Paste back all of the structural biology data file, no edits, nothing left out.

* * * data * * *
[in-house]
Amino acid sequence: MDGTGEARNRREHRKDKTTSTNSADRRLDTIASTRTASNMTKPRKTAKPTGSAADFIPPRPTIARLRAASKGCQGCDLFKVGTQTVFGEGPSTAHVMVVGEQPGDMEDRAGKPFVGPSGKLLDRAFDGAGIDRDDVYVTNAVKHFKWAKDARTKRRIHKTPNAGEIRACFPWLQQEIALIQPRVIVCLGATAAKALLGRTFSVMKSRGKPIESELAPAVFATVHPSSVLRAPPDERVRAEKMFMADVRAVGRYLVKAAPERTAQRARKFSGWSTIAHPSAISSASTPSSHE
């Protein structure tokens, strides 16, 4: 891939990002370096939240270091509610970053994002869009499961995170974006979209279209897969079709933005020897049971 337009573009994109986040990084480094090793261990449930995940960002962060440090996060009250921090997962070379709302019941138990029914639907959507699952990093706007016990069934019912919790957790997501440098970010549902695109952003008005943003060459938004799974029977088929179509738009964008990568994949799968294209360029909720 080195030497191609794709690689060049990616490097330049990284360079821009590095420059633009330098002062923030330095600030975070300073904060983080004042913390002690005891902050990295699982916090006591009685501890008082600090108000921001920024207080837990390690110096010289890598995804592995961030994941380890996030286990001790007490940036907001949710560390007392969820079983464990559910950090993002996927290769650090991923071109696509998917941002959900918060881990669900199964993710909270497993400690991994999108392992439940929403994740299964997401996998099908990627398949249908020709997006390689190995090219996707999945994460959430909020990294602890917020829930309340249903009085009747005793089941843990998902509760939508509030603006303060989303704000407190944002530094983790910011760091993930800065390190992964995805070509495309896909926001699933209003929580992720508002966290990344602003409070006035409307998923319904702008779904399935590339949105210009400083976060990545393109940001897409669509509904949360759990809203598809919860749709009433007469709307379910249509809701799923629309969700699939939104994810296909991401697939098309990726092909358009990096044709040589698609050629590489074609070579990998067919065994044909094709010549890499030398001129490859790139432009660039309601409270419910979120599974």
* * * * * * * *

[in-house]
Amino acid sequence: MDGTGEARNRREHRKDKTTSTNSADRRLDTIASTRTASNMTKPRKTAKPTGSAADFIPPRPTIARLRAASKGCQGCDLFKVGTQTVFGEGPSTAHVMVVGEQPGDMEDRAGKPFVGPSGKLLDRAFDGAGIDRDDVYVTNAVKHFKWAKDARTKRRIHKTPNAGEIRACFPWLQQEIALIQPRVIVCLGATAAKALLGRTFSVMKSRGKPIESELAPAVFATVHPSSVLRAPPDERVRAEKMFMADVRAVGRYLVKAAPERTAQRARKFSGWSTIAHPSAISSASTPSSHE
């Protein structure tokens, strides 16, 4: 891939990002370096939240270091509610970053994002869009499961995170974006979209279209897969079709933005020897049971 337009573009994109986040990084480094090793261990449930995940960002962060440090996060009250921090997962070379709302019941138990029914639907959507699952990093706007016990069934019912919790957790997501440098970010549902695109952003008005943003060459938004799974029977088929179509738009964008990568994949799968294209360029909720 080195030497191609794709690689060049990616490097330049990284360079821009590095420059633009330098002062923030330095600030975070300073904060983080004042913390002690005891902050990295699982916090006591009685501890008082600090108000921001920024207080837990390690110096010289890598995804592995961030994941380890996030286990001790007490940036907001949710560390007392969820079983464990559910950090993002996927290769650090991923071109696509998917941002959900918060881990669900199964993710909270497993400690991994999108392992439940929403994740299964997401996998099908990627398949249908020709997006390689190995090219996707999945994460959430909020990294602890917020829930309340249903009085009747005793089941843990998902509760939508509030603006303060989303704000407190944002530094983790910011760091993930800065390190992964995805070509495309896909926001699933209003929580992720508002966290990344602003409070006035409307998923319904702008779904399935590339949105210009400083976060990545393109940001897409669509509904949360759990809203598809919860749709009433007469709307379910249509809701799923629309969700699939939104994810296909991401697939098309990726092909358009990096044709040589698609050629590489074609070579990998067919065994044909094709010549890499030398001129490859790139432009660039309601409270419910979120599974």